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Reviews » DVD Video Reviews » Delicious Proposal
Delicious Proposal
YA Entertainment // Unrated // July 29, 2008
List Price: $99.99 [Buy now and save at Amazon]
Review by John Sinnott | posted September 9, 2008 | E-mail the Author
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C O N T E N T
V I D E O
A U D I O
E X T R A S
R E P L A Y
A D V I C E
Highly Recommended
E - M A I L
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P R I N T
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The Series:

Korean drama TV series may not be as well known in the US as British comedies or Japanese anime, but they should be.  Like products from the BBC or TV Tokyo, Korea makes some high quality shows where the writing and acting are top-notch.  Most K-dramas, as they are called, are programs of finite length (15-20 episodes commonly), telling one story with a beginning, middle, and end, rather than the US style of milking a show until it's no longer appealing.  The latest K-Drama that I've had the pleasure to watch is a show from MBC that was originally broadcast in 2001, Delicious Proposal, a modern day take on Romeo and Juliet.  This touching and nearly addictive show has a great cast and an engrossing story.



Hyo-dong (Jung Joon) is the adult son of Kim Kap-soo (Park Geun Hyung) a Chinese restaurant owner.  The store has never done particularly well since Kap-soo isn't willing to deliver... the food could get cold and the noodles would swell and that's not quality food.  Hyo-dong is tired of living in the back of a run down eatery and often demands that his father sell the place and retire.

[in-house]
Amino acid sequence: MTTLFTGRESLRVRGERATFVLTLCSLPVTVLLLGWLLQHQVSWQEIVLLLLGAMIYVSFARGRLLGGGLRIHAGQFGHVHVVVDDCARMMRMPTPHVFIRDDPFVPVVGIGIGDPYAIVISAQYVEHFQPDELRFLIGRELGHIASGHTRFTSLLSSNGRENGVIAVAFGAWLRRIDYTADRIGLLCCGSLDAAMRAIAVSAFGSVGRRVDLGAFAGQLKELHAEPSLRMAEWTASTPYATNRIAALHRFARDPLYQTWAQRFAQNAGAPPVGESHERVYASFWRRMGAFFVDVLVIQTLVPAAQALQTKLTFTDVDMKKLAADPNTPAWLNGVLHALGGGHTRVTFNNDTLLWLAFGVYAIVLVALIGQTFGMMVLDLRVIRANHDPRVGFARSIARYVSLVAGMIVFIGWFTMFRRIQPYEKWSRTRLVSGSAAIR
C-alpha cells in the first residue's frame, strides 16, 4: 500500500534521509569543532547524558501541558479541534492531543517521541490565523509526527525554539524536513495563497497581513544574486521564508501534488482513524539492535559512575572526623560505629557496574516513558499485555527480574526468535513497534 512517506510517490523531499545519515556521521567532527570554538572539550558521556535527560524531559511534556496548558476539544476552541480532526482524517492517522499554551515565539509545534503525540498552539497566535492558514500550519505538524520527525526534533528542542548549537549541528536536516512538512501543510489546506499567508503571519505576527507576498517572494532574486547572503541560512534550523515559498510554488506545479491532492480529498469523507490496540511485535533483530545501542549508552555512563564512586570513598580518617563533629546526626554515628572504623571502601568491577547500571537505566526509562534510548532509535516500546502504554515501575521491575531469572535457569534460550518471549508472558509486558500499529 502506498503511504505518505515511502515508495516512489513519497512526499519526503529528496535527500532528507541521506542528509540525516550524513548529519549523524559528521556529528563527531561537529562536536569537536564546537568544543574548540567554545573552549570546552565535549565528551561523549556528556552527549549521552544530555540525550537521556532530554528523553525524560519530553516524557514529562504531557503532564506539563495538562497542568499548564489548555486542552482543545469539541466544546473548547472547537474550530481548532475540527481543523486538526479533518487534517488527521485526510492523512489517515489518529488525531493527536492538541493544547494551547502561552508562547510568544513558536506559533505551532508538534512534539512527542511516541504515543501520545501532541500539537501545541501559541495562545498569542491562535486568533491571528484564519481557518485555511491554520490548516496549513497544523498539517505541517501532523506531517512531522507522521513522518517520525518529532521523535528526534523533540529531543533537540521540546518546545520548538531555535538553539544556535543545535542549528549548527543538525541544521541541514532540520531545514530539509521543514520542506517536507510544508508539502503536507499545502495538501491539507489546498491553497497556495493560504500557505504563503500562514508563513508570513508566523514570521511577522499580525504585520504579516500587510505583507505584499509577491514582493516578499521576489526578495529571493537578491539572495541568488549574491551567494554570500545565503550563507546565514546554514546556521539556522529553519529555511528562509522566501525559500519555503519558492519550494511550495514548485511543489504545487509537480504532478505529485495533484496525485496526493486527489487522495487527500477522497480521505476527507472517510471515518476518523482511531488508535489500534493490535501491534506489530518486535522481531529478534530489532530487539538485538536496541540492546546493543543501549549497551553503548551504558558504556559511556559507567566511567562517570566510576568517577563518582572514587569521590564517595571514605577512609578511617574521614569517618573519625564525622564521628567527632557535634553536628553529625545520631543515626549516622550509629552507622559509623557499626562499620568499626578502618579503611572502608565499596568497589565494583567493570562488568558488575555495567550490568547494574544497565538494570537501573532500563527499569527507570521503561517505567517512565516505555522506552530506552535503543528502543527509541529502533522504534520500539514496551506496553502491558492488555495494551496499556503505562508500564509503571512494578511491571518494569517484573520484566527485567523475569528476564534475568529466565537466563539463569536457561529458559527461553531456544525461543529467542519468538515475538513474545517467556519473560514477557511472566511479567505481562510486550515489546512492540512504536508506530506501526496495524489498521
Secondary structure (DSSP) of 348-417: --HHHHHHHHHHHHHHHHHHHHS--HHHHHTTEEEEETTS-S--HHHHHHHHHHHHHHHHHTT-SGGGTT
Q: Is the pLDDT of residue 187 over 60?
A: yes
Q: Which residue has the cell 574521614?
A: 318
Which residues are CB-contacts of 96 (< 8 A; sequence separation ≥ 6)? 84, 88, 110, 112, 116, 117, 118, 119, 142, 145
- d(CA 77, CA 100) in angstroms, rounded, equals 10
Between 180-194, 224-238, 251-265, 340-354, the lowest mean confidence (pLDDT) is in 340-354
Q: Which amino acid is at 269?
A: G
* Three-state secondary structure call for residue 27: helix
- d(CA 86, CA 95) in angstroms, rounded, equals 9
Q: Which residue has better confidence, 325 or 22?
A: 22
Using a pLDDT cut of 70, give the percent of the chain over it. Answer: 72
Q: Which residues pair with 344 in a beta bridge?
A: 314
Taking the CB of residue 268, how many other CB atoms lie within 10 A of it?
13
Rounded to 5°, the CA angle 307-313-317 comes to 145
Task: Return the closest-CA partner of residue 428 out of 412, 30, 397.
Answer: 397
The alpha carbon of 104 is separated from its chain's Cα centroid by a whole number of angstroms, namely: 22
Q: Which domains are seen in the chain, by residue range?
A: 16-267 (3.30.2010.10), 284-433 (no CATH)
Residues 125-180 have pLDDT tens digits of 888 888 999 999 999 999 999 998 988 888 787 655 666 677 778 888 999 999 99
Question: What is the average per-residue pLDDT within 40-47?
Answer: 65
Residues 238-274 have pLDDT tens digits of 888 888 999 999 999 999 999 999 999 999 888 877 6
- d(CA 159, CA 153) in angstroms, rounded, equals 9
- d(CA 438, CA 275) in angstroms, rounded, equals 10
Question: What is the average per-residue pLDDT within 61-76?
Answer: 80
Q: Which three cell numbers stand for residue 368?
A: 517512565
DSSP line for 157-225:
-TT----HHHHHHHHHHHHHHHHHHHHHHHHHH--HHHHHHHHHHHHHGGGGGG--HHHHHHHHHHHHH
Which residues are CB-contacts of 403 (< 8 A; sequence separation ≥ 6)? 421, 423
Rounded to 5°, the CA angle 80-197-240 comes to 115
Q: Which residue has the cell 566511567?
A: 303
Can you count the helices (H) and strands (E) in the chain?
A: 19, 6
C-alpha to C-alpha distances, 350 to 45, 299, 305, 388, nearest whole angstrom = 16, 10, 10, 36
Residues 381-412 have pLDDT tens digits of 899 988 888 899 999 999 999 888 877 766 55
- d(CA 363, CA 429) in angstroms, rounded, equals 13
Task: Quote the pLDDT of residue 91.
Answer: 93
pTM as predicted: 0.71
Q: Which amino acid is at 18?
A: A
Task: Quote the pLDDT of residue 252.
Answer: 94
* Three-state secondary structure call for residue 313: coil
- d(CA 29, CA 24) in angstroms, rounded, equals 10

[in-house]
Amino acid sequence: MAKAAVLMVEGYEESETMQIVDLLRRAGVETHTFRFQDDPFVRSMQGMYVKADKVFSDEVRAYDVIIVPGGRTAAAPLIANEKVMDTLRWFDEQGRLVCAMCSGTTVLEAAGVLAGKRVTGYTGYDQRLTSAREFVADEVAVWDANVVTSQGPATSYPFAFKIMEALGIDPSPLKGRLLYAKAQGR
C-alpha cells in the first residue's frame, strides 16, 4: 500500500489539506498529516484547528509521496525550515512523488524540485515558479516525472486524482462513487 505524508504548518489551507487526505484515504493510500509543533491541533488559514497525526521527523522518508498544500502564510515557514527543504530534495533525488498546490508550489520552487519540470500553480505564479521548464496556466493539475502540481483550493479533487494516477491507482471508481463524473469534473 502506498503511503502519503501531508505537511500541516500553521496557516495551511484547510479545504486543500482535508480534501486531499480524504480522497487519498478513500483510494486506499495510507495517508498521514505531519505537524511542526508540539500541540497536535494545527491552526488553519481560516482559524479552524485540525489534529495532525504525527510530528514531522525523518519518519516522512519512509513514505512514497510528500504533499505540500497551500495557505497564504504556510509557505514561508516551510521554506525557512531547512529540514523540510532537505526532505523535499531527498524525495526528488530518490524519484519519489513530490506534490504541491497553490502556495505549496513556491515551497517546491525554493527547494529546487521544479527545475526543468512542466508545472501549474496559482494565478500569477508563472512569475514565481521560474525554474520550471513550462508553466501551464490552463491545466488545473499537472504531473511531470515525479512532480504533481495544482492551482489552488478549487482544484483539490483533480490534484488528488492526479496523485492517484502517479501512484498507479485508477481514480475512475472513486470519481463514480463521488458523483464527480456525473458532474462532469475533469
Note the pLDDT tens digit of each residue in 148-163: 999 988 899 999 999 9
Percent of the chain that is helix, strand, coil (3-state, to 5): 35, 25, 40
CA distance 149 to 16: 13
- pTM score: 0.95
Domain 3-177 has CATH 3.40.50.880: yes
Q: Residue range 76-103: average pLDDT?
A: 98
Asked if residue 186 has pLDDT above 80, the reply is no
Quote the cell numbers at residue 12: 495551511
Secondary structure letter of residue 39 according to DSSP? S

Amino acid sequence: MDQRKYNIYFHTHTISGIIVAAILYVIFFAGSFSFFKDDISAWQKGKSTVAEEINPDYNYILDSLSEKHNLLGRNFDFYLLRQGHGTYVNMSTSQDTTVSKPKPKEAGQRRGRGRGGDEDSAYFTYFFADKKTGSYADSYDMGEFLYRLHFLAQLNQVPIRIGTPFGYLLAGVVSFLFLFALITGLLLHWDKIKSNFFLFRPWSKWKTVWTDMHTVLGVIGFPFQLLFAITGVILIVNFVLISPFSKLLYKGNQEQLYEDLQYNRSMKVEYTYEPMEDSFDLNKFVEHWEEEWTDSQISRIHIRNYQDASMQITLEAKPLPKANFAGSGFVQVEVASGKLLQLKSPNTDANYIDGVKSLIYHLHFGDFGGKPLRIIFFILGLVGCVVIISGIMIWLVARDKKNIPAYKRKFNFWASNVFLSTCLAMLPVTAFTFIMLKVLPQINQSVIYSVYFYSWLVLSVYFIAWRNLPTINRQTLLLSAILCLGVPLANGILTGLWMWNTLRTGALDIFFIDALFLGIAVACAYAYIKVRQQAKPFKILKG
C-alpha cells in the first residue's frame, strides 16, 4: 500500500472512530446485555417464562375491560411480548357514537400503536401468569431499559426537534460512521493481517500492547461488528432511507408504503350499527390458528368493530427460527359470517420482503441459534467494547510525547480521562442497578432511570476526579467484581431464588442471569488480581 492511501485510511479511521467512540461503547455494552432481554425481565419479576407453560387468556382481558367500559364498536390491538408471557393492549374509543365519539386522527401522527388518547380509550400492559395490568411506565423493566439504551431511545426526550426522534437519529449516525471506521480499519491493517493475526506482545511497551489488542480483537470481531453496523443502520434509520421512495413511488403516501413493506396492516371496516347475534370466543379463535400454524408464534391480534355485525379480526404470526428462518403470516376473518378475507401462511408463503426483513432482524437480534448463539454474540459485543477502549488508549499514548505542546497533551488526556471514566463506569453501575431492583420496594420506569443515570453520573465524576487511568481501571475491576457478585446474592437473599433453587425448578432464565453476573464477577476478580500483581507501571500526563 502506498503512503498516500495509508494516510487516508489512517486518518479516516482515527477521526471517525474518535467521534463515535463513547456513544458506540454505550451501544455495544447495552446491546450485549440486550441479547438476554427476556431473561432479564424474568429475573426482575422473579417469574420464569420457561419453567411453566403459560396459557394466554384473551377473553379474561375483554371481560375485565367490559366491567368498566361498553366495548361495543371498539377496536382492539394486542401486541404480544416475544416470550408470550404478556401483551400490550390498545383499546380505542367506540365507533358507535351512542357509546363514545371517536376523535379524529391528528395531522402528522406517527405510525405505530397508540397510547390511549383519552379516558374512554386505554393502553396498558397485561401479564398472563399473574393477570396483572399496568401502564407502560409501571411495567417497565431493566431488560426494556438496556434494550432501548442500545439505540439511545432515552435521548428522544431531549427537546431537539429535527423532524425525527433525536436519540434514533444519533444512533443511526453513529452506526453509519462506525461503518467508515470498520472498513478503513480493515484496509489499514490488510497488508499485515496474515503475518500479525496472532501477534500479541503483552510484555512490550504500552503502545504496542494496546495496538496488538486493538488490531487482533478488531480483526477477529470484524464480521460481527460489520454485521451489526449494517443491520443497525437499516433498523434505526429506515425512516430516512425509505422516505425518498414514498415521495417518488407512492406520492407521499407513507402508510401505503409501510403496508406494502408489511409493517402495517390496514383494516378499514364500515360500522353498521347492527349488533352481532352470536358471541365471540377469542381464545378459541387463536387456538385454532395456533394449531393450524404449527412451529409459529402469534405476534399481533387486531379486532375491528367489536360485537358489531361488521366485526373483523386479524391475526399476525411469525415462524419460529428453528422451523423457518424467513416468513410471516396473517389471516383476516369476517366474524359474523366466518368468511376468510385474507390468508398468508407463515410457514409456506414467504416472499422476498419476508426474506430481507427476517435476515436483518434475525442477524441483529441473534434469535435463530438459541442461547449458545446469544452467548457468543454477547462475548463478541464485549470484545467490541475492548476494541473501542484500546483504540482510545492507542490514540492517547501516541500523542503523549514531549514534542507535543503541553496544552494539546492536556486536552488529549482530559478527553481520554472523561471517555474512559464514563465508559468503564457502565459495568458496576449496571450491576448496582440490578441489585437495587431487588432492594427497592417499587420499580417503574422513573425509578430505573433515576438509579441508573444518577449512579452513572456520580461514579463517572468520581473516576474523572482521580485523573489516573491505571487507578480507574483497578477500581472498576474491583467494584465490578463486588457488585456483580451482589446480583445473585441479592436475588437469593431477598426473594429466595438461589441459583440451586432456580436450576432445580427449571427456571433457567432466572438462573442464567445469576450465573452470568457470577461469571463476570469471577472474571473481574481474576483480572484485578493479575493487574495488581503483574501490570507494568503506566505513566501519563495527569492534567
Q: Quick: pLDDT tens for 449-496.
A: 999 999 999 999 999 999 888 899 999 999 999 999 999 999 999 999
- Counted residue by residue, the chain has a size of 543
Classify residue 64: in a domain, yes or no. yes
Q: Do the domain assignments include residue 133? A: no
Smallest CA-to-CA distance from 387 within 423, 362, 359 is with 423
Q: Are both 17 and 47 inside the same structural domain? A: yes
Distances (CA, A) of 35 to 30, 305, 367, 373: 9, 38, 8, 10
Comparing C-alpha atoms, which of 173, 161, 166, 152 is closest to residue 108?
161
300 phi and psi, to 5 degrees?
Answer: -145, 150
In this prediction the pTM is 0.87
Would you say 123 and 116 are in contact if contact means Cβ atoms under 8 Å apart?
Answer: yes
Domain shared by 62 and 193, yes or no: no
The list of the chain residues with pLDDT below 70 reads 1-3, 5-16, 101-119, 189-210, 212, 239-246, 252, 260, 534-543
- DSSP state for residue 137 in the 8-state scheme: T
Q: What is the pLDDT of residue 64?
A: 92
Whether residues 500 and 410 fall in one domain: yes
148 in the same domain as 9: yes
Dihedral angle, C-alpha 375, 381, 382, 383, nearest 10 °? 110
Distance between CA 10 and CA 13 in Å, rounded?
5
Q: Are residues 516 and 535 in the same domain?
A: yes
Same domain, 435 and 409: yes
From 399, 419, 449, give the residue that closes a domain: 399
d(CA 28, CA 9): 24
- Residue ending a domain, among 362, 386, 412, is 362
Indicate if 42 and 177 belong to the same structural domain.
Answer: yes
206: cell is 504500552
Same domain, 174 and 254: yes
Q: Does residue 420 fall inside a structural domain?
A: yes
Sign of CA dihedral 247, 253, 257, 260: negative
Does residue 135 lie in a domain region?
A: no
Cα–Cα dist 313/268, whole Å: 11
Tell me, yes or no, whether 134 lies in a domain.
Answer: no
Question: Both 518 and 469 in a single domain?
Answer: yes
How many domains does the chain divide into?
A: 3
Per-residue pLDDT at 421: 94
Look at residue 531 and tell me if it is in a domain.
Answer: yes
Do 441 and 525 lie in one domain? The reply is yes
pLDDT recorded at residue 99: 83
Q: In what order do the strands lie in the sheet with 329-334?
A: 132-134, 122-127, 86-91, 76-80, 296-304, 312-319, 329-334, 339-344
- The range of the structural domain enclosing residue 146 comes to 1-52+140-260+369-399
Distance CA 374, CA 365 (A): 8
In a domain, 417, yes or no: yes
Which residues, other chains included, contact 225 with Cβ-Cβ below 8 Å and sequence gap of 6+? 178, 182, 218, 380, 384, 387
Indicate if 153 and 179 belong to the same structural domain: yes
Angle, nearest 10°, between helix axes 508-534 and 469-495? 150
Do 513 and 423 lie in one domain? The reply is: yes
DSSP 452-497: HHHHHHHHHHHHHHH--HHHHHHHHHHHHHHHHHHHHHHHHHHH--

That is until Hyo-dong learns the family secret: he's not really Kap-soo's son.  He was abandoned in Kim's restaurant as a child and the kind old man has raised him as his own ever since.  To make matters worse, Hyo-dong is indirectly responsible for his adopted father's lack of success in life.  After winning a cooking competition against his rival Jang Tae-kwang (Kim Yong Gun), Kap-soo's restaurant mysteriously catches on fire while Hyo-dong is sleeping in the back.  Risking his life, Kim rushes in and saves the boy, but in the process looses his sense of smell, something that's terribly important to a chef.



Hyo-dong enrolls in a cooking school so he can help his father in the restaurant and there he meets and falls for Hee-ae (Son Yeh Jin), a beautiful, talented, and rich young girl, who also happens to be the daughter of Jang Tae-kwang.  To make matters worse, Tae-kwang, is expanding his chain of Chinese food restaurants and his goal is to finally crush his old opponent by driving him out of business.  With both of their parents against the two even dating, they have a lot of obstacles to overcome.  In addition to that, there's Shin-ae (So Yoo Jin) a plucky girl from a poor family who dreams of opening her own restaurant.  She's in love with Hyo-dong too, and though it's hard for her to compete with the rich and attractive Hee-ae, Shin-ae just may be the best match for Hyo-dong.

This was a wonderful series.  By the second episode I was hooked and the show kept my interest the whole way through without every seeming contrived or unnecessarily convoluted.   (Okay, there was one plot device that I thought was unrealistic, but I can forgive the show one misstep.)  All of the characters were three-dimensional people, with flaws and strengths that propelled the story.  It was easy to relate to each of them, and in doing so feel the conflicting emotions that they did.